The Strange Appeal of Cucumbers and Garlic


Henry Blackaby, a man I have never met, has had a profound effect upon my Christian spirituality. Today as I listened to his talk from unit 8 of his course, “Experiencing God – Knowing and doing the will of God” (download available here HERE), Henry once again said something that made me stop short.

Referring to the Old Testament incident recounted in Numbers 11, where the people of Israel, newly delivered from 400 years of Egyptian slavery by God through Moses and on their way to the Promised Land, complain against God … about the food.

“We remember the fish we ate in Egypt at no cost – also the cucumbers, melons, leeks, onions and garlic.” Numbers 11:5 NIVUK

This is almost unbelievable. These people have been crying out to God for centuries for Him to deliver them from Egyptian oppression.

“The Lord said, ‘I have indeed seen the misery of my people in Egypt. I have heard them crying out because of their slave drivers, and I am concerned about their suffering.” Exodus 3:7 NIVUK

Yet now, in very short order, they start to hanker back to their time in slavery, and all over the food?!

What are they complaining about? In fact, they are complaining about the daily miracle of God’s provision! They are complaining about the ‘Manna’;  this strange food that God made appear every day, which they could freely gather and which provided for their nutritional needs.

But they were fed up of it; so fed up that they even began to hanker back to life as an oppressed slave.

Seems surprising doesn’t it? We might feel like scorning them for their lack of back-bone, we might feel superior. But actually this is a phenomenon common to most Christians.

One of the Devil’s greatest strategies against us is to constantly remind us of the cost of our obedience to God. What have we missed out on by responding to God?

Oh! the cucumbers and garlic we could have enjoyed!

When actually the really important question, the really, really important question, is what would disobedience to God cost us?

The people of Israel stood at the cusp of a glorious new future. They were to be settled into a homeland for the very first time in their history. They were going to be able to live with God and worship Him in freedom and liberty. They were going to be made a light for the nations, an arena for the demonstration of the glory and power of God. That was what God was about to do in them and through their history.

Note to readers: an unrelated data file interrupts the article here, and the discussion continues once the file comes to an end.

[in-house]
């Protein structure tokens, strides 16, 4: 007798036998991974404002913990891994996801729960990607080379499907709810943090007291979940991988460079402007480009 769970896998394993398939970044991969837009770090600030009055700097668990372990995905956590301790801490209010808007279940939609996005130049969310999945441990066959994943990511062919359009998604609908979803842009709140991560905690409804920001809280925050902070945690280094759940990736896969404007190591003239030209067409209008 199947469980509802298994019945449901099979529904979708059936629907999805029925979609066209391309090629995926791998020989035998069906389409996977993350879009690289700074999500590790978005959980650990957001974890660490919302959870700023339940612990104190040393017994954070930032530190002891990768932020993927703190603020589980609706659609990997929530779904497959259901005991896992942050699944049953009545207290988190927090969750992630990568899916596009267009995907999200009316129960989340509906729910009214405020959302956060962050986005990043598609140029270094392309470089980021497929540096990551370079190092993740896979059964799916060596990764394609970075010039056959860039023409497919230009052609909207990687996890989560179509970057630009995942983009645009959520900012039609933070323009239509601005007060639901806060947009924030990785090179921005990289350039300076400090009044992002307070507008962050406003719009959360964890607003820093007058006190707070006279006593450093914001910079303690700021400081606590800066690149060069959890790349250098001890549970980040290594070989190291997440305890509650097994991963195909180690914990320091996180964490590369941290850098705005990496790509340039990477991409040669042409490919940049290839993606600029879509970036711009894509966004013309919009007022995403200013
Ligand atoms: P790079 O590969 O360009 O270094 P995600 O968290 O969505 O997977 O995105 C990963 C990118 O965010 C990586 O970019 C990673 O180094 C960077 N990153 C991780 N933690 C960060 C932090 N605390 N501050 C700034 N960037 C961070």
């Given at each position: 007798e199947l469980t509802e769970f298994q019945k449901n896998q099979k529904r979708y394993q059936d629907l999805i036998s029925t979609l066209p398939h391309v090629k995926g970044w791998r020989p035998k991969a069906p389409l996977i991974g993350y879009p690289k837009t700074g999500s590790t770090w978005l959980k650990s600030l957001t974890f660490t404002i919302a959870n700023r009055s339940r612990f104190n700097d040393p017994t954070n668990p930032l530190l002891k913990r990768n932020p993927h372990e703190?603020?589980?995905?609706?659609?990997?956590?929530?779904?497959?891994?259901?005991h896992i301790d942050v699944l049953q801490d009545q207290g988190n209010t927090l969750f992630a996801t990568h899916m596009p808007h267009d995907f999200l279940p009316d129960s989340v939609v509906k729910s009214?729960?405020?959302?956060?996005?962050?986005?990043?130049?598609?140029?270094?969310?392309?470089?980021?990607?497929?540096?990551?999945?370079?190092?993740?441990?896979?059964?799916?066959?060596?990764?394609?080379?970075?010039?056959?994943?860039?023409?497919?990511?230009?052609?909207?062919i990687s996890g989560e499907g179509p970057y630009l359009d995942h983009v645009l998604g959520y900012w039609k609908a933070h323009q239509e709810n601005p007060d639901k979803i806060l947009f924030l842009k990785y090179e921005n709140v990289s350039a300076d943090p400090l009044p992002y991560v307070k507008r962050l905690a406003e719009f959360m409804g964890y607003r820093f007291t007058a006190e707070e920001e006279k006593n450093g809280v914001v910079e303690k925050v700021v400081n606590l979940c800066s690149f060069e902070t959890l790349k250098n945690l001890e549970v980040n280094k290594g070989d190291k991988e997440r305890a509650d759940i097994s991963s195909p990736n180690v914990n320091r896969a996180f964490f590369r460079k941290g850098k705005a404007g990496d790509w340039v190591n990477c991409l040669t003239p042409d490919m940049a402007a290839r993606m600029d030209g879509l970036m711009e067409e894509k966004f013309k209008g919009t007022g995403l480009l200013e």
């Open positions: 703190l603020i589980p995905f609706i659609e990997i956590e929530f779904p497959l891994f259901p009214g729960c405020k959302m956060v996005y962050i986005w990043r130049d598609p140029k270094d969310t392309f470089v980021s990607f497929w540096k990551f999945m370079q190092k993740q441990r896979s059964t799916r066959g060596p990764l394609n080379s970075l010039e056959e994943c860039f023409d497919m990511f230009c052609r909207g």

But all they could think of was cucumbers.

In my life I can look back at times when God called me to make what seemed like significant sacrifices – to give up a safe career in the civil service, to sell our home, to leave our home country and to go and live in a foreign culture, to leave family and friends behind.

However, looking back over the past 20 years, I can honestly say I do not regret any single instance of sacrifice. In fact, such has been the blessing I have experienced and the enriching I have received through what God has done in response to my obedience, actually they do not even feel like sacrifices.

If I was given the chance to live my life again, I would not make any other choice than to obey God.

God does not ask us to make sacrifices in order to diminish our lives, but to enrich them – perhaps in ways that are different to what we would choose, or imagine. But He loves us and wants the best for us and He knows better than us what Best looks like.

God has always eternity in mind, not time. His best always has eternal dimensions.

Can we accept God’s choice of what is best? Or will we stay fixated on cucumbers?

Can we not give up piffling trifles in exchange for eternal blessedness?